C is perhaps the single most important language since programmer's stopped writing in raw machine code. In fact, sometime after that we stopped writing in assembly and I know no one who goes lower level than reading the machine code. A common portion of C syntax is practically our linga franca—even if C is not a shared language, the syntax (which grew from prior languages) is also widely used and an alternative to pure pseudo code.

Maybe a lot of young programmers don't know C, or skip it. I love it. It is one of the most beautiful languages that I know, despite it's trappings. Perhaps some of the greatest lessons I learned about my craft, was that learned from C. Perhaps another was the humility of it's creator.

Somehow, I doubt his other works will ever be as well known as C, or things he was a big part of (like Unix), but maybe people will study them and see what they can learn from the work of a legendary hacker, like Dennis Ritchie.

Monday, October 10, 2011

Thoughts of modal/semi-modal editing on Android

In regards to modal, I mean `like vi`, where in the keyboard is shifted between a normal "Command" mode for manipulating text and an "Insert" mode for typing text into the buffer. A prime example can be found by learning vi (or vim or elvis). Personally I think this kind of model fits well with a mobile device like Android, even more so than it does a PC—emacs pinky be damned ;). Which makes me think of something like this:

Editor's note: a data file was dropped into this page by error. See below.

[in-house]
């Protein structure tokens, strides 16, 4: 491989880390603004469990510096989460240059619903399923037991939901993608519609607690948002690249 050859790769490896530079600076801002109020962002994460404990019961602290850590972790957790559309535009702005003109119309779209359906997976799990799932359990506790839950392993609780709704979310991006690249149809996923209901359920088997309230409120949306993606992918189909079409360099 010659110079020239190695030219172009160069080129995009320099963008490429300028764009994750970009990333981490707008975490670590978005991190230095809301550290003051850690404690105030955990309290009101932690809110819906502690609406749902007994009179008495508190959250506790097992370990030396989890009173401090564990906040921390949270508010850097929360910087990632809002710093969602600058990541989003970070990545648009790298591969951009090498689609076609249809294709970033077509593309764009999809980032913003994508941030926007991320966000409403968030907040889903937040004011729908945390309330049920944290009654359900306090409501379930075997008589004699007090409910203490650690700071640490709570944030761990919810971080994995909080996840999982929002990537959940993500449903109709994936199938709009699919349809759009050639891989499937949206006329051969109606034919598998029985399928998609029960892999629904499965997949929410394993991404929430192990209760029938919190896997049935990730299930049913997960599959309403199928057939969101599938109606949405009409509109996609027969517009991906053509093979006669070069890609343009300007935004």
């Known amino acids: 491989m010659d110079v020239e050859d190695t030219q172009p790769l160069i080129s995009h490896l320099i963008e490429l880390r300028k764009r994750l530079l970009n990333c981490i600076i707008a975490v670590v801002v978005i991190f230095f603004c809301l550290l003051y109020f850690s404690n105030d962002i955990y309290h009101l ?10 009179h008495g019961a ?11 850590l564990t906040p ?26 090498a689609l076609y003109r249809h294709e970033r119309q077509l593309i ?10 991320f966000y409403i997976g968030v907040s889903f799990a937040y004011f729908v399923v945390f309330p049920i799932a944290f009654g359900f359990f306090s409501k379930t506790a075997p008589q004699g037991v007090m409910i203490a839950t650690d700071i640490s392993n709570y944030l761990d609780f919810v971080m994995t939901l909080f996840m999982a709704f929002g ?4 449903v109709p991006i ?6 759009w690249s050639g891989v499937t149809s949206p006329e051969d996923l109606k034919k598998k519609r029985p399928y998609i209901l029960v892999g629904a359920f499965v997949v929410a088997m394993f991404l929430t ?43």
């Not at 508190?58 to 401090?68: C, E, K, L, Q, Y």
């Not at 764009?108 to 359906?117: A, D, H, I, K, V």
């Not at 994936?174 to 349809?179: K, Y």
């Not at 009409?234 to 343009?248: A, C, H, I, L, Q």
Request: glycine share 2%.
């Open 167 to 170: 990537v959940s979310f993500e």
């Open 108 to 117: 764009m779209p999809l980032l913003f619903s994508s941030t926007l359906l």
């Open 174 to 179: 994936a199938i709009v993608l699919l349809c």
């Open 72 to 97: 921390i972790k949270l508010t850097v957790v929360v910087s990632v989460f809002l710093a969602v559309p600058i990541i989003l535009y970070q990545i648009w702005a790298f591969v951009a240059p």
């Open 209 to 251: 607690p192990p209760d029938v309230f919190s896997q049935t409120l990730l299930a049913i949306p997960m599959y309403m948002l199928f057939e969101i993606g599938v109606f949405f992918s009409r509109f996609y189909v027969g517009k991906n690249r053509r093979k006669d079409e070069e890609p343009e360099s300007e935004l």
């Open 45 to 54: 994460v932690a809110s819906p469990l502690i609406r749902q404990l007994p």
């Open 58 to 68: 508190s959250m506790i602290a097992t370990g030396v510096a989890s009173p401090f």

• A simple "Notepad" grade editor
  • Press a designated command key, send following keystrokes to command dispatcher
  • Useful stuff: save/load, buffer list, etc.
  • Scripting/configuration language
Something uniquely respective of my vi/vim heritage, yet incorporating lessons from the emacsen school. As a former XEmacs user, I do know quite well that my beloved Vi IMproved is not always well subverted. Using the volume up/down keys (and settings to rebind ofc) would make perfect replacements for Control and Meta (Alt/Escape). Using a keyboard with suitable keys, obviously eliminates this: and for on screen work with a big enough display, I really have to reccomend The Hackers Keyboard. It is an interesting preposition, at least. For scripting language, that one is a stickly wickly one. Android is not well suited to this in the conventional sense. Unless you want to implement one in a suitable subset of Java (double barf). An interesting idea would be to compile something like Lua or a Scheme interp' to native code, and communicate with it using some type of local socket and RPC. That might be interesting to toy with. Then perhaps, "Plugin-lets" that add useful tools, such as busybox or git. That's less feasible but certainly interesting.

Another day closer to BattleTech, another Trillion away from Avatar